A new report that showed the Pension Benefit Guaranty Corp.'s deficit could swell to $34 billion in the next 10 years has sparked fresh debate as to whether a multibillion-dollar infusion of taxpayer cash will be required to keep the agency afloat.
“The realistic option is that Congress will have to provide a bailout,” James Keightley, a former PBGC general counsel who is now a partner at the law firm Keightley & Ashner LLP, Washington, said in an interview.
“After the money they (federal agencies) have thrown at saving financial institutions, $30 billion is chump change,” Mr. Keightley said.
However, not all agree on the need for a bailout, with some pension industry analysts saying concerns about the PBGC's health are way overblown — at least in the short term. They say the PBGC, which had $68.7 billion in assets as of Sept. 30, 2009, has plenty of cash to pay off the pension benefit obligations of the plans it takes over for years.
“I expect to be dead before the PBGC needs a bailout,” said Dallas Salisbury, president and CEO of the Employee Benefit Research Institute, Washington, and a former special assistant to the PBGC executive director and acting director of public affairs at the PBGC.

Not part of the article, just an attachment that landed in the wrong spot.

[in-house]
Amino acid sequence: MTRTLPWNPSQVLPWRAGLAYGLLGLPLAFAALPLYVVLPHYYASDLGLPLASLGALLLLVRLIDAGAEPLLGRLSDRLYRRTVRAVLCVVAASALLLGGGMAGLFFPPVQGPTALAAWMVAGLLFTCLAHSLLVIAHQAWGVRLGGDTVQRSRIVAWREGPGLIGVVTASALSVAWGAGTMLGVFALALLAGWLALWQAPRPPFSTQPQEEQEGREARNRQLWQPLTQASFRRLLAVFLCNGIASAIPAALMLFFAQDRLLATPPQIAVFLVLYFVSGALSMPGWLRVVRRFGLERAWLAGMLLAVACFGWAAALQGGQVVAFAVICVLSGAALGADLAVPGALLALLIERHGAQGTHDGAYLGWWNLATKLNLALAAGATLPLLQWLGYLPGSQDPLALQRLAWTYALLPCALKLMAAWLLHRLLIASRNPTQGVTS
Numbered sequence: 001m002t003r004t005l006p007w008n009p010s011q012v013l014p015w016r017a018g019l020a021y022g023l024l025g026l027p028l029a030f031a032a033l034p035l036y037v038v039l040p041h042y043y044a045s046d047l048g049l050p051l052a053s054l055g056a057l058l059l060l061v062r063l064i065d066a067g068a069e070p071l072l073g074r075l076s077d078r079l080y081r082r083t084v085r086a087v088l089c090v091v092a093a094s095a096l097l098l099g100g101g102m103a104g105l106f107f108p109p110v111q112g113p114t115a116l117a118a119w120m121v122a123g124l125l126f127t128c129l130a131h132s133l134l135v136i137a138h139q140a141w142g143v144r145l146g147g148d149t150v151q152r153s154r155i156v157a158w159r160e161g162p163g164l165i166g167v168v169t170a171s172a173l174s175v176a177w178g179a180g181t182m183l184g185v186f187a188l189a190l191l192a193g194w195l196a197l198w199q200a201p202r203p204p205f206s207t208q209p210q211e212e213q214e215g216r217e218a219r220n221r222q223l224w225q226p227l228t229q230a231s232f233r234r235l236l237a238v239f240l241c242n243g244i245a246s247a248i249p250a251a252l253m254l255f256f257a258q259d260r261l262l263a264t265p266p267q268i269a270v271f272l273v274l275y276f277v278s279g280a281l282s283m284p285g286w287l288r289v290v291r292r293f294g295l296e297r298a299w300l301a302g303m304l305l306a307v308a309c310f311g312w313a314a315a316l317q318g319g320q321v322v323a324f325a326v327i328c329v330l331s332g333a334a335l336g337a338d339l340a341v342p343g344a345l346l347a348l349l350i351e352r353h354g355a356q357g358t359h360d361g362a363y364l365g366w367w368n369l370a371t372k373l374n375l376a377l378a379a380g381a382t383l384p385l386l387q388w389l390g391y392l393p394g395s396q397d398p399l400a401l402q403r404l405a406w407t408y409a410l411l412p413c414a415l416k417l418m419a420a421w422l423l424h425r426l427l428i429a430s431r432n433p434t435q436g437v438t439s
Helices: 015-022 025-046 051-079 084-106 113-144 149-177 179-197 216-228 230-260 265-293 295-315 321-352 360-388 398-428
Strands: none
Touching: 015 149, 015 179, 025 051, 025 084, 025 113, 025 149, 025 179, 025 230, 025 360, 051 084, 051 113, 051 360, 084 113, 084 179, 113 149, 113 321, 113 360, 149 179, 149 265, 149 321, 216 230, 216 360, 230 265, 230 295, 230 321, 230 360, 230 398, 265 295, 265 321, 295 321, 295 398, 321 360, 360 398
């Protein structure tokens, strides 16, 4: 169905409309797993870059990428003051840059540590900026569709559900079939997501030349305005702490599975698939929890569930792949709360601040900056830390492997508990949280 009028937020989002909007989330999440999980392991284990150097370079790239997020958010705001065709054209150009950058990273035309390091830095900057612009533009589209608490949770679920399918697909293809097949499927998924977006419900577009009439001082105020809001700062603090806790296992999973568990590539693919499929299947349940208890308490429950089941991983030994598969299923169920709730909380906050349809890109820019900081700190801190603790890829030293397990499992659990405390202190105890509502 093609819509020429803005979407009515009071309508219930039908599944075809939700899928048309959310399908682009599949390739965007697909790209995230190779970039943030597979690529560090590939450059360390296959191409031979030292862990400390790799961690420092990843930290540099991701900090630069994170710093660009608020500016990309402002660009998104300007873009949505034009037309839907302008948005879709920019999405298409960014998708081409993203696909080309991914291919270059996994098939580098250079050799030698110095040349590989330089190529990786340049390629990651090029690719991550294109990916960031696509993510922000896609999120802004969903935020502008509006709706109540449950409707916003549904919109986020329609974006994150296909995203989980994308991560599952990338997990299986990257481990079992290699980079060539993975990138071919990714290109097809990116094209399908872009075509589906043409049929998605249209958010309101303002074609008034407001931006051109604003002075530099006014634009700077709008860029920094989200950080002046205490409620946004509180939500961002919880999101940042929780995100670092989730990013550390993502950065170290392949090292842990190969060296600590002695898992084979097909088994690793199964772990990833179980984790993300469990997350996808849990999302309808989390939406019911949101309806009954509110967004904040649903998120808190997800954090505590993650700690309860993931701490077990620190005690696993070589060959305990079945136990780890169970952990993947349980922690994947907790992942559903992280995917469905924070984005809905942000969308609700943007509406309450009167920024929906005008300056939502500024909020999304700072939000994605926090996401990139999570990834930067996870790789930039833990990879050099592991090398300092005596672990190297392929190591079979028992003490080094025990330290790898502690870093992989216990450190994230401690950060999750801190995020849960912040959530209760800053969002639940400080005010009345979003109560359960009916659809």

PBGC's solvency is on the front burner again because the agency's annual report for 2009, released May 4, projected a possible deficit of $34 billion by 2019.
The report said the agency's single-employer pension plan program could have a deficit of $30 billion in 10 years, while its multiemployer plan program could see a shortfall of $4 billion by then.
The deficits represent the average possibilities for the two pension programs calculated using the PBGC's pension insurance modeling system, or PIMS.
As of Sept. 30, the PBGC's single-employer program had a deficit of $21.1 billion, with $68.7 billion in assets and $89.8 billion in liabilities, according to the agency's annual management report, which was issued in November.
The multiemployer plan program, as of Sept. 30, had an $870 million deficit, with assets of $1.45 billion and liabilities of $2.32 billion.